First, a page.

After a brief panel discussion, the conference broke up into groups for workshop sessions. There were nine workshops in total. I attended a session called ‘Caring or Careers’, which was not so much a workshop as employees of the Co-op telling us what the organisation is doing to encourage flexible working. It is clear that the organisation is working to develop good working practices. In responding to my question about encouraging men to take up the different options, it is clear that the will is there but the organisation has not been very successfull in making this happen. I was also interested in knowing what the Co-op is doing to tackle low pay; personally I think that if the organisation wants to set an example to the rest of society it could do this by making its pay structure flatter, benefiting lower paid workers. However I did not get the opportunity.

In the first session in the afternoon, Moira Lees, who is the Co-operative Group Secretary covered a little bit about how the group plans to move “….towards more equal and equitable structures, with particular reference to governance and senior management”. She was very open and answered the questions competently.

This was followed by another workshop session and I joined ‘Diversity, Equality and Women’. This was more interesting in that the workshop leader asked us to consider what was needed for us to achieve equality. A very robust discussion took place around the issue of low pay and its impact on women who often have caring roles as well as having to keep the family economically afloat. It was agreed that while it is important to look at what is happening near the top of the organisation, it is even more important that the Co-op sets an example at the bottom. A new appointment to the Board, Liz Moyle was asked to take back our recommendation that the Co-op should be the ‘gold standard’ for how it treats its lowest paid workers. I got my say at last!

For the last five minutes of the workshop, a representative of the African Women Support Project Foundation gave us a brief insight into the work of the group which helps immigrants, refugee and asylum seeing women. She exhorted us to be patient in dealing with people from different ethnic backgrounds, non-judgemental and to listen. A good way to finish the workshop. You can see more about this organisation at:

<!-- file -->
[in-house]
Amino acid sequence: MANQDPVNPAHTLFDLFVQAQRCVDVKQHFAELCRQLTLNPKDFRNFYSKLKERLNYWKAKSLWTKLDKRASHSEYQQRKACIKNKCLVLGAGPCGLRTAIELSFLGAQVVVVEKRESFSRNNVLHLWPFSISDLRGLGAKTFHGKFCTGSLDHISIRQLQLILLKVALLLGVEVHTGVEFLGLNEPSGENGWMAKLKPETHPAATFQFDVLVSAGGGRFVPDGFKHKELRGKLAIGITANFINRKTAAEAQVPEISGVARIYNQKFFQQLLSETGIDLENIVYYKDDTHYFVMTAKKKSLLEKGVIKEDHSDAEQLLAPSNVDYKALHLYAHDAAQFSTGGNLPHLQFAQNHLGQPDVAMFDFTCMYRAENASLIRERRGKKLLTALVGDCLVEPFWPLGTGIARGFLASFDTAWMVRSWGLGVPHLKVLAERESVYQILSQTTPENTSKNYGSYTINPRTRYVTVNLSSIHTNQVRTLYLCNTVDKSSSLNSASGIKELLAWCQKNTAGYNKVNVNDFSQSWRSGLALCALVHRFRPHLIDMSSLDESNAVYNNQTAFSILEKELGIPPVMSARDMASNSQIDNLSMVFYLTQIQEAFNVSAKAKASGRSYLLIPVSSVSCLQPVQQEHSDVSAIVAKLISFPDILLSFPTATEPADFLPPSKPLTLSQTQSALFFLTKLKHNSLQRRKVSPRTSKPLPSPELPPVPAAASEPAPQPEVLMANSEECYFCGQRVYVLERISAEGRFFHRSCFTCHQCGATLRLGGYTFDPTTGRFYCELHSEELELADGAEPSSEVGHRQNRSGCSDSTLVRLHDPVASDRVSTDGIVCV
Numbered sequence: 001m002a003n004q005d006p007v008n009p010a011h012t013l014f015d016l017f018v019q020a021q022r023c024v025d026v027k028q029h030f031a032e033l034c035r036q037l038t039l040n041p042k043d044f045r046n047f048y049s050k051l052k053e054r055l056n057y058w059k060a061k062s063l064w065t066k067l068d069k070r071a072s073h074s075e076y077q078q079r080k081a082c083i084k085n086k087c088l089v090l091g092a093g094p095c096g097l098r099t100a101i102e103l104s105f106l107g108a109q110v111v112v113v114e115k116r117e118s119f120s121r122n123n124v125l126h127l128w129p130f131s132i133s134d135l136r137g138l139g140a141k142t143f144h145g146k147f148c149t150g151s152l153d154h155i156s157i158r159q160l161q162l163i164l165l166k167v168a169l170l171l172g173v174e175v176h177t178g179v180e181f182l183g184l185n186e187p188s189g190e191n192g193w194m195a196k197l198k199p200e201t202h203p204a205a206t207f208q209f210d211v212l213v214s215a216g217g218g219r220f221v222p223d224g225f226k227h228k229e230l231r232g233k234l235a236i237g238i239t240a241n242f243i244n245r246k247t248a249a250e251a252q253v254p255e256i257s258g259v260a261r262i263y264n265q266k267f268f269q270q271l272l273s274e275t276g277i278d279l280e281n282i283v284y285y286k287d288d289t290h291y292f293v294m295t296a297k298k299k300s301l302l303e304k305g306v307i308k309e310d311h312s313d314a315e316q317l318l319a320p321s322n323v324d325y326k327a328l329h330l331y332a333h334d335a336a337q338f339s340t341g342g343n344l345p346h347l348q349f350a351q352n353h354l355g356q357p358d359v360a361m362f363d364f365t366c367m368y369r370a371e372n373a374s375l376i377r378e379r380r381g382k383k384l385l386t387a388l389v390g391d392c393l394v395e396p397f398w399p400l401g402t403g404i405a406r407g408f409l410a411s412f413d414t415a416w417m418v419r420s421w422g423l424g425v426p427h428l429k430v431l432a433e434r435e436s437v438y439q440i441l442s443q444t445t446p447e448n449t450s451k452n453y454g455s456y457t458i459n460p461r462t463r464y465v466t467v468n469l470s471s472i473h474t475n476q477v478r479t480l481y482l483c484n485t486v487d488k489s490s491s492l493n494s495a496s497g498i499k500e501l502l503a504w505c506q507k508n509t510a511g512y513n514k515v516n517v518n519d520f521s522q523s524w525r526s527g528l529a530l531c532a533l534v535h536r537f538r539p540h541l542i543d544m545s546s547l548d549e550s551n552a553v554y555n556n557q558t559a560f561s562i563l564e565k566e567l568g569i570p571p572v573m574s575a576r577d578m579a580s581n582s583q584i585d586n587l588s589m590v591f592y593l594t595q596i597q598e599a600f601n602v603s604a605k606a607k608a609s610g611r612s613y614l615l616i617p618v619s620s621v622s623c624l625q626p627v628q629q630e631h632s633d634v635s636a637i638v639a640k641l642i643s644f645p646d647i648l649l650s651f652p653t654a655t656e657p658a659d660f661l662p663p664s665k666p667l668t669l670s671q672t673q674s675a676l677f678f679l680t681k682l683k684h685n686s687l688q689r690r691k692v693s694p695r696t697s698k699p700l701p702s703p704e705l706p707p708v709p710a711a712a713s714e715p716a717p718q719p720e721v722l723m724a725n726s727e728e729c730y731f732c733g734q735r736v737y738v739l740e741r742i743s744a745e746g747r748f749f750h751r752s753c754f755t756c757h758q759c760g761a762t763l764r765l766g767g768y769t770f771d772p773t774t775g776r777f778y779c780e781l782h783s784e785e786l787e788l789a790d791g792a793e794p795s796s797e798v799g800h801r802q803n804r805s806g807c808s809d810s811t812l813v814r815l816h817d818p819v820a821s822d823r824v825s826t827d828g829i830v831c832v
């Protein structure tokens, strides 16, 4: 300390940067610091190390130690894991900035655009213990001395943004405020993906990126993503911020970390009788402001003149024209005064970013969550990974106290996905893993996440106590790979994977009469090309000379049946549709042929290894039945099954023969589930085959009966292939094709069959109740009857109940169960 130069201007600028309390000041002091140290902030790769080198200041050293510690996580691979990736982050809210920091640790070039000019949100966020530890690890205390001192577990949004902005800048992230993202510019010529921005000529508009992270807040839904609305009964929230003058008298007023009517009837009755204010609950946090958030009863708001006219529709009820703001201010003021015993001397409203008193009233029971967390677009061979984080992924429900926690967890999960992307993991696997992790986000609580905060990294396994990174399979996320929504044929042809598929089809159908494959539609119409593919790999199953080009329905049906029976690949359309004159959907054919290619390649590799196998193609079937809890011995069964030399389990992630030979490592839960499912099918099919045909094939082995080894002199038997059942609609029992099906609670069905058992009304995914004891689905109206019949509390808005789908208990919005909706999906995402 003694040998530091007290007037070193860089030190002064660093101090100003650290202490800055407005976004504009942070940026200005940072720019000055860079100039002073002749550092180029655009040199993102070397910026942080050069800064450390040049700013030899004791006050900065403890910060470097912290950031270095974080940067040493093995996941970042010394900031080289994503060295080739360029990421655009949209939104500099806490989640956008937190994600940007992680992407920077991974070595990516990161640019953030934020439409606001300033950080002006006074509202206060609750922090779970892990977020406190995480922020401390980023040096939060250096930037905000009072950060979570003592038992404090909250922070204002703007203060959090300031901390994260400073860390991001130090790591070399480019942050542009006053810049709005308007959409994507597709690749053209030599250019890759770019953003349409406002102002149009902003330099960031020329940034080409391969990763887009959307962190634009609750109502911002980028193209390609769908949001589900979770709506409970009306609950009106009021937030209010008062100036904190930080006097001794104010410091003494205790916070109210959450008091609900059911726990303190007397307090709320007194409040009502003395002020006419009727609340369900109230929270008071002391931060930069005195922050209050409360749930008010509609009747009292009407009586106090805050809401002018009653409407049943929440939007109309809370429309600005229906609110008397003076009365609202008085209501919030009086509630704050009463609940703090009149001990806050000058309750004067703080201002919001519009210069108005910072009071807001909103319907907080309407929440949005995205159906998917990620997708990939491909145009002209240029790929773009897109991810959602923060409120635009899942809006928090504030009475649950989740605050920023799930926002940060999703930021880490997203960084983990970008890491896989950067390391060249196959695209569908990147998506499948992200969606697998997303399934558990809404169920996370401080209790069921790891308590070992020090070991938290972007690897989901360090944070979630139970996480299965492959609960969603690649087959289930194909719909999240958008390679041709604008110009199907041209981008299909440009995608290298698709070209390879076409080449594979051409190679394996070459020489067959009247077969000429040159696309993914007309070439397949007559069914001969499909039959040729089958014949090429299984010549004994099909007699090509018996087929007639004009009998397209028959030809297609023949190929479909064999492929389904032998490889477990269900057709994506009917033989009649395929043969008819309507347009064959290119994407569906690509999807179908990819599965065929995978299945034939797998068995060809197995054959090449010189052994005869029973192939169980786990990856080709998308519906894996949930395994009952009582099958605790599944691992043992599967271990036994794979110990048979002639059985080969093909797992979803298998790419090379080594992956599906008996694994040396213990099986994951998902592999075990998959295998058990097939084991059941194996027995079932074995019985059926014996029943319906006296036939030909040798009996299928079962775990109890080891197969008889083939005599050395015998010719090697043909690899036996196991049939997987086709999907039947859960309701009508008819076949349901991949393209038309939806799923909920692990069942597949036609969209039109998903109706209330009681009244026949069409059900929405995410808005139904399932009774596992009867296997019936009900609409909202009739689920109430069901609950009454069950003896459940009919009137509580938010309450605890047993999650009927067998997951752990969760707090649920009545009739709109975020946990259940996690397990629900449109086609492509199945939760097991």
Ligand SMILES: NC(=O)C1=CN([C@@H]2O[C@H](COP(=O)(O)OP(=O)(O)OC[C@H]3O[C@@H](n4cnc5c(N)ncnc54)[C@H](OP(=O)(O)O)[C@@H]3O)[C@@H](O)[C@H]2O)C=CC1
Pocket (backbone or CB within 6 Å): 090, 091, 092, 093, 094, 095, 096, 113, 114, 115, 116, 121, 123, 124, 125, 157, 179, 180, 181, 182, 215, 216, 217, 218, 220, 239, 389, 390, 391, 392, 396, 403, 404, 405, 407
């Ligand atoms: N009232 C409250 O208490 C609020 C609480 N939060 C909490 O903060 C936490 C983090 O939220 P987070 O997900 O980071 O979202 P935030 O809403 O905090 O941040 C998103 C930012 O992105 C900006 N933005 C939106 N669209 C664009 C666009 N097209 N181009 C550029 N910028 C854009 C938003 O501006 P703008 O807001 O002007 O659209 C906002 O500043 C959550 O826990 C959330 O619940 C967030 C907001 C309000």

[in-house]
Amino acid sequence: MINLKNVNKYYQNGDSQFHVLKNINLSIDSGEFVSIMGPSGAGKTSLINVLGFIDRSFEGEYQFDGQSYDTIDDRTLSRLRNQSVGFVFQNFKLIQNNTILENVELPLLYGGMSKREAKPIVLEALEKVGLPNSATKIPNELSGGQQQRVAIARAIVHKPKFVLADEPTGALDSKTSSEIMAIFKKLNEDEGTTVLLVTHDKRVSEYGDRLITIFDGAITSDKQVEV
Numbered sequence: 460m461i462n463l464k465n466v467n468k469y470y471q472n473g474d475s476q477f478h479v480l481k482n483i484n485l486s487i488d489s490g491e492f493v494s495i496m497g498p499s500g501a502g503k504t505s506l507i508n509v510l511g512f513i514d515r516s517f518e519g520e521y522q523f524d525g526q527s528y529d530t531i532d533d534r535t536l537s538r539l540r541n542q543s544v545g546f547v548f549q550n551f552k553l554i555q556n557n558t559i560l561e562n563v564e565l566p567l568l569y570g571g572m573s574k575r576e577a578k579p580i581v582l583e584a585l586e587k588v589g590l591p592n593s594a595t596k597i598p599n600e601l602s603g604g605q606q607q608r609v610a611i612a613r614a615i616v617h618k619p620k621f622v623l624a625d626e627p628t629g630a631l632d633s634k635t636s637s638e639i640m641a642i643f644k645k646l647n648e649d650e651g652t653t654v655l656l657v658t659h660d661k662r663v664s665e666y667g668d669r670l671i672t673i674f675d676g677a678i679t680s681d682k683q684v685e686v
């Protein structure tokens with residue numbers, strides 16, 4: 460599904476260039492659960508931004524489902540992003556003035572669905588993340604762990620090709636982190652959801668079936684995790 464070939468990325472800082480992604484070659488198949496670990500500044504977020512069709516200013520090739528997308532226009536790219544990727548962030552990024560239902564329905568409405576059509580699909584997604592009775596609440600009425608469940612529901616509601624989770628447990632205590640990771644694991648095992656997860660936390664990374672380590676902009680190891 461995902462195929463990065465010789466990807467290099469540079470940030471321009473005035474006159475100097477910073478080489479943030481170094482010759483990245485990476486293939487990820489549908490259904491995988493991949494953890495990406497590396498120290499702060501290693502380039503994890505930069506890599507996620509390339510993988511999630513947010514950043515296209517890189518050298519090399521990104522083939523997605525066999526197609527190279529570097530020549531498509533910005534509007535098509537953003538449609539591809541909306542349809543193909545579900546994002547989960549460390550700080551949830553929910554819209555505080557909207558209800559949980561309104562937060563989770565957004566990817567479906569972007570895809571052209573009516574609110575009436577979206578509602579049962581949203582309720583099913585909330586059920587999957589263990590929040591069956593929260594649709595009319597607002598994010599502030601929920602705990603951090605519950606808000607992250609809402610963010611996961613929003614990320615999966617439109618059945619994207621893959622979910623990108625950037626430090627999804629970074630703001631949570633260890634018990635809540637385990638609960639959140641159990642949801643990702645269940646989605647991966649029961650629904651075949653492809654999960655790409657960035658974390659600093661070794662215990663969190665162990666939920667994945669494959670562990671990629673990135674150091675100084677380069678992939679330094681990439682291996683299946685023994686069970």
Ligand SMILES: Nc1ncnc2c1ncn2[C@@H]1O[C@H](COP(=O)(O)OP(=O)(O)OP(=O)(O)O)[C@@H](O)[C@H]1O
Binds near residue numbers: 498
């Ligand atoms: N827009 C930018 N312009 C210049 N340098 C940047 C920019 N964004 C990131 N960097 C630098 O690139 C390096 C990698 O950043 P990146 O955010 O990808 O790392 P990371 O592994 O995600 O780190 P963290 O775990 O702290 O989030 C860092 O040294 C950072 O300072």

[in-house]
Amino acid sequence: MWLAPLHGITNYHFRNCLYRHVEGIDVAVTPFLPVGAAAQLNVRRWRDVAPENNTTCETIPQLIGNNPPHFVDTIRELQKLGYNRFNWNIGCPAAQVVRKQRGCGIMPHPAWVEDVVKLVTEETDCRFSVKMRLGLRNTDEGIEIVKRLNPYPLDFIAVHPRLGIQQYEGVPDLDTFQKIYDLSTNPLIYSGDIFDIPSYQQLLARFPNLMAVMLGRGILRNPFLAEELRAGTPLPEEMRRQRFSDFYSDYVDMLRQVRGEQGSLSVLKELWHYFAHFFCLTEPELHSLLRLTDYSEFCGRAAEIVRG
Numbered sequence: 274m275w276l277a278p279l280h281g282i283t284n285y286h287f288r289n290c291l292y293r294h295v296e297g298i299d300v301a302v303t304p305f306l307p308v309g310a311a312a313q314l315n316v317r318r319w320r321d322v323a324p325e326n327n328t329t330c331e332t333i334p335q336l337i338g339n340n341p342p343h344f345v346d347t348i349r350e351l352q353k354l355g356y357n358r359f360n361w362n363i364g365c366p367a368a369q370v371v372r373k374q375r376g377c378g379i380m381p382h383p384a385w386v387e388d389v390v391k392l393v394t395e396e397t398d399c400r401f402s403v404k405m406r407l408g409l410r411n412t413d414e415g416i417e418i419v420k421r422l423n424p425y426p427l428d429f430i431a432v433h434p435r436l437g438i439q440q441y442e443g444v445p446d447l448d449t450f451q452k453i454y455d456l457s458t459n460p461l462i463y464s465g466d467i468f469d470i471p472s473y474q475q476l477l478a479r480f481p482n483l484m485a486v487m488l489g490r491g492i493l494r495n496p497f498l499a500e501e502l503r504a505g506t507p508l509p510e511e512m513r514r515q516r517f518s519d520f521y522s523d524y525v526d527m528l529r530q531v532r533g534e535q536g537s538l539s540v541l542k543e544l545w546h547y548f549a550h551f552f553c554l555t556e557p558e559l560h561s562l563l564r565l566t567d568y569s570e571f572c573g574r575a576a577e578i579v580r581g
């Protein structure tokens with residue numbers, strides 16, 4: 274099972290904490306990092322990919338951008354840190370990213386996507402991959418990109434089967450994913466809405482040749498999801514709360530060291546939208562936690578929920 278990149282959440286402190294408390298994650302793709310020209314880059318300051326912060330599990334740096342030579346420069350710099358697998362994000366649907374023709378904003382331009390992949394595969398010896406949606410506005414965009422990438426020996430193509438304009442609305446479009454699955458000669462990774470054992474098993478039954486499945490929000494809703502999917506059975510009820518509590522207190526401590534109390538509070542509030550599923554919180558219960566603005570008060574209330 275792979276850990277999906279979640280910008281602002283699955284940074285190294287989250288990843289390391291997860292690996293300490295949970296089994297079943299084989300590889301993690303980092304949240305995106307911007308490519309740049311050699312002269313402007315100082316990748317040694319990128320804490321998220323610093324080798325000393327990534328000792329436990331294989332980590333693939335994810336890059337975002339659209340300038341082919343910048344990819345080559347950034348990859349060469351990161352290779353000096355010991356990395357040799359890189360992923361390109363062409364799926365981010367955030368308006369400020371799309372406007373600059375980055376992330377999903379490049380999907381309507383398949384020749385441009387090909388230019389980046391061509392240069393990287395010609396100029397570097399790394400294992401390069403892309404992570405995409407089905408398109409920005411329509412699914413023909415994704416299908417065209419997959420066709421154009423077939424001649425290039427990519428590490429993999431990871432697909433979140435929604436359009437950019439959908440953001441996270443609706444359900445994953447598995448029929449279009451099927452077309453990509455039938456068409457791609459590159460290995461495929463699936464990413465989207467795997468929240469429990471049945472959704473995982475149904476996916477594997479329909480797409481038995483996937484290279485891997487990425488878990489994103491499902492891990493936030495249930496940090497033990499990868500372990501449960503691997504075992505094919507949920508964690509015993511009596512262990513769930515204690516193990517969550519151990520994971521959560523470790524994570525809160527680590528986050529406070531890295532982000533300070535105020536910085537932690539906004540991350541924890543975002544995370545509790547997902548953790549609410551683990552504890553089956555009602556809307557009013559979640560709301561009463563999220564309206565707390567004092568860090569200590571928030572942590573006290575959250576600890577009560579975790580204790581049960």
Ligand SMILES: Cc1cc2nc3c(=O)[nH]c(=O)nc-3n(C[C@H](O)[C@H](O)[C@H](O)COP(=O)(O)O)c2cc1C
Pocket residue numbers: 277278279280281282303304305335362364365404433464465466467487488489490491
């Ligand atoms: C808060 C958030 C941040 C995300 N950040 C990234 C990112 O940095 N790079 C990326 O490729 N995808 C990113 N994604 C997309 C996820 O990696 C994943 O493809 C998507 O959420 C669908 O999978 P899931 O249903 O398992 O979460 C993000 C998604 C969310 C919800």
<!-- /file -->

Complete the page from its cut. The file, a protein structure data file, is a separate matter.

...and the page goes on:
This was followed by a presentation by Stefania Macone who is the Chairperson of the ICA

Gender Equality Commission. This was an interesting presentation providing lots of facts and figures which bore out what we had heard earlier. Things are no longer changing fast enough, either in Britain or elsewhere. She too had positive things to say about quotas.

The final session of the day, closing remarks, was by Chris Herries, Director of the Co-operative Group Board. It is clear that there is a great deal of determination by the women on the board to make things happen!

I had a good day: some great presentations, opportunities to have your say, some interesting stalls to browse (now going to be buying knickers from, which helps women who have had a difficult time, to help themselves) and a good lunch.

I took two things away from the day: a commitment to quotas and a little bit of satisfaction that I have been able to pass onto a board member how I think that the Co-operative Board can: “……set an example to the rest of society”.


  1. I hope that the day, the contacts and the information helps with the co-operatives. Do you think that people, including the readers, understand the benefits of being a member of a co-operative? The more members, the more benefits – it has served John Lewis and The C-op very well and is an admirable, inspiring business model for ALL involved.